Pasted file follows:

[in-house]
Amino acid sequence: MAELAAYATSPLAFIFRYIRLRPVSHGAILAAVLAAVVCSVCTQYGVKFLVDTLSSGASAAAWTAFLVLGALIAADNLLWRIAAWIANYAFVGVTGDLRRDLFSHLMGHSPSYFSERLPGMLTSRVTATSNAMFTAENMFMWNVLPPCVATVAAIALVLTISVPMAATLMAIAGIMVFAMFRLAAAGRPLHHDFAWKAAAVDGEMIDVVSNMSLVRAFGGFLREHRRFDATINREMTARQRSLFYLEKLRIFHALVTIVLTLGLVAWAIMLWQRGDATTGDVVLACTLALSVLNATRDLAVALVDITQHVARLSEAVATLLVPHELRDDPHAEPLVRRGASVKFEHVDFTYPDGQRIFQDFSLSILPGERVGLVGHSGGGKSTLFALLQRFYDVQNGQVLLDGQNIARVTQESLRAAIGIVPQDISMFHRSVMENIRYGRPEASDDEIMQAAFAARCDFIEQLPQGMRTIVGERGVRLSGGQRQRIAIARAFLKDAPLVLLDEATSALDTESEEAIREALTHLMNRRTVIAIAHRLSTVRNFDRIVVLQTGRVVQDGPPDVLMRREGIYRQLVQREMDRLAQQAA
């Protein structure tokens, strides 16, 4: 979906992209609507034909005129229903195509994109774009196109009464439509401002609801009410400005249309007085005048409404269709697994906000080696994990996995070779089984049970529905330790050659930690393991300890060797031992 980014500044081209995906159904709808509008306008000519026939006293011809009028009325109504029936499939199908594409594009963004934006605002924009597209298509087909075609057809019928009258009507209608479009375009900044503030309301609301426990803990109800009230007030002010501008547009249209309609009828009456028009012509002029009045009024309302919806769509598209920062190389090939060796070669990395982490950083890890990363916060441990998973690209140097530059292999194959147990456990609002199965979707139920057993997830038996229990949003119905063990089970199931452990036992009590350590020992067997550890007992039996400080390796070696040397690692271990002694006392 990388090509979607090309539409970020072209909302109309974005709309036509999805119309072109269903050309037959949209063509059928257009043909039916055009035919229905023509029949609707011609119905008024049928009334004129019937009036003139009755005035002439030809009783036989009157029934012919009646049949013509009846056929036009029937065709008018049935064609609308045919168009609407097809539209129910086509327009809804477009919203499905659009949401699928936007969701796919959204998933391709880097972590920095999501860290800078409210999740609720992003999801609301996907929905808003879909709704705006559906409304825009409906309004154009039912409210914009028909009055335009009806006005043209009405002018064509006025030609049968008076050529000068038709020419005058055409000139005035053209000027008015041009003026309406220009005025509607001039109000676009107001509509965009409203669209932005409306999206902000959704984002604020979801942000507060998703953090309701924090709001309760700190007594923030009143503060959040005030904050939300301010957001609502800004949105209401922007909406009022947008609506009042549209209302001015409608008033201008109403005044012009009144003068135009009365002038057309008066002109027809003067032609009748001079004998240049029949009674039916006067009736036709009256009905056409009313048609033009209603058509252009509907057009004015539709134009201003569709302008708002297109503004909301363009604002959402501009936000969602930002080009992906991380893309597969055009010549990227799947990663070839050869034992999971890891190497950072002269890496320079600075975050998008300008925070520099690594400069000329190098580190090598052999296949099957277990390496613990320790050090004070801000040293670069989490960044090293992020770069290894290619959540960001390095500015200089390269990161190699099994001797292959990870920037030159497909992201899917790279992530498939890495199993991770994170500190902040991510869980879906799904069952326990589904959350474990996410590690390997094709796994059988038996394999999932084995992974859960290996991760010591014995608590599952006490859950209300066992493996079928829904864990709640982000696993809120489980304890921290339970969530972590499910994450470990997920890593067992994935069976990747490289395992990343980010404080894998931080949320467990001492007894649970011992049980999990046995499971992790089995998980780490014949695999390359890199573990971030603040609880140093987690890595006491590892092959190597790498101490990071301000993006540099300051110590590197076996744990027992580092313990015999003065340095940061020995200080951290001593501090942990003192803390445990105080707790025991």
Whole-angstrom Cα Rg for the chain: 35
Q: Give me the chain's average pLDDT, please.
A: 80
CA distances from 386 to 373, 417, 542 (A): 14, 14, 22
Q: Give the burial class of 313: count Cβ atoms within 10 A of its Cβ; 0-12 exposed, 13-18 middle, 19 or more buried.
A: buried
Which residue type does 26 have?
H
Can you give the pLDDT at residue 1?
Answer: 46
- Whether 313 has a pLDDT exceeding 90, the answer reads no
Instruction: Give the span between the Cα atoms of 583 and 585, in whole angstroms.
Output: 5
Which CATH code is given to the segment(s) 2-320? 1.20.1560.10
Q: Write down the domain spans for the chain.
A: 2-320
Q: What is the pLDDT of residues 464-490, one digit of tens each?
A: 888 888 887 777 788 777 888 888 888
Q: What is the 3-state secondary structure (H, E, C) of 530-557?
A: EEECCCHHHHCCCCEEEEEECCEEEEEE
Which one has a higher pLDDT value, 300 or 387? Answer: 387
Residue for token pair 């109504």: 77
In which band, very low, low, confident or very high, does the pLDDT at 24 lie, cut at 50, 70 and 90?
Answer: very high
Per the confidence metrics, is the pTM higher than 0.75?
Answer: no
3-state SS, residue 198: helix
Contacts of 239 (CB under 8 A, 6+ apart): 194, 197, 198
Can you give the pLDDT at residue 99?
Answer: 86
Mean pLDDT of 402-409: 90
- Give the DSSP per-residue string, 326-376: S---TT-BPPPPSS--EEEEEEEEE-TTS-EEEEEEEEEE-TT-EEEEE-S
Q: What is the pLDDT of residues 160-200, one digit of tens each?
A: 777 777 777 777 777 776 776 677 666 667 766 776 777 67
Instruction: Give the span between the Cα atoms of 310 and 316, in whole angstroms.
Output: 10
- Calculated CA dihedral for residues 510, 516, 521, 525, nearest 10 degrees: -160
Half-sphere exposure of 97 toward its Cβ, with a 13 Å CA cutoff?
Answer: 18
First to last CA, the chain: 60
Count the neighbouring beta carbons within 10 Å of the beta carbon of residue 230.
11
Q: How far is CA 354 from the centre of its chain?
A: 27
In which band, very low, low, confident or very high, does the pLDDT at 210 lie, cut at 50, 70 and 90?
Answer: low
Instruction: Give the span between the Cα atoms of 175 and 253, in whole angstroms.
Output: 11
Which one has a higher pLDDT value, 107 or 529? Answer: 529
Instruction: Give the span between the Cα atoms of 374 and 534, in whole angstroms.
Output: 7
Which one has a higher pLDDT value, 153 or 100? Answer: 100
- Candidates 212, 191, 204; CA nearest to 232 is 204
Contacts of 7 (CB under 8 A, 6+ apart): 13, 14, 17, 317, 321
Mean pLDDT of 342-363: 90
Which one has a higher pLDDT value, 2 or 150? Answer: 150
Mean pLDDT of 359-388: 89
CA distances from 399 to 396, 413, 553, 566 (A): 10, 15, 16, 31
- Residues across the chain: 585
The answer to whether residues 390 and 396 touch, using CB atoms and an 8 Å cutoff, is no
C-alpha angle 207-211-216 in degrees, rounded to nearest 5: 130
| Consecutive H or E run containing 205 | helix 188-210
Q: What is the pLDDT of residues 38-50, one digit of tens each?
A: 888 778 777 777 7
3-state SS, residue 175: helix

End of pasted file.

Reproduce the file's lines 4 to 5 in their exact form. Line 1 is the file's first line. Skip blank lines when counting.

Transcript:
Whole-angstrom Cα Rg for the chain: 35
Q: Give me the chain's average pLDDT, please.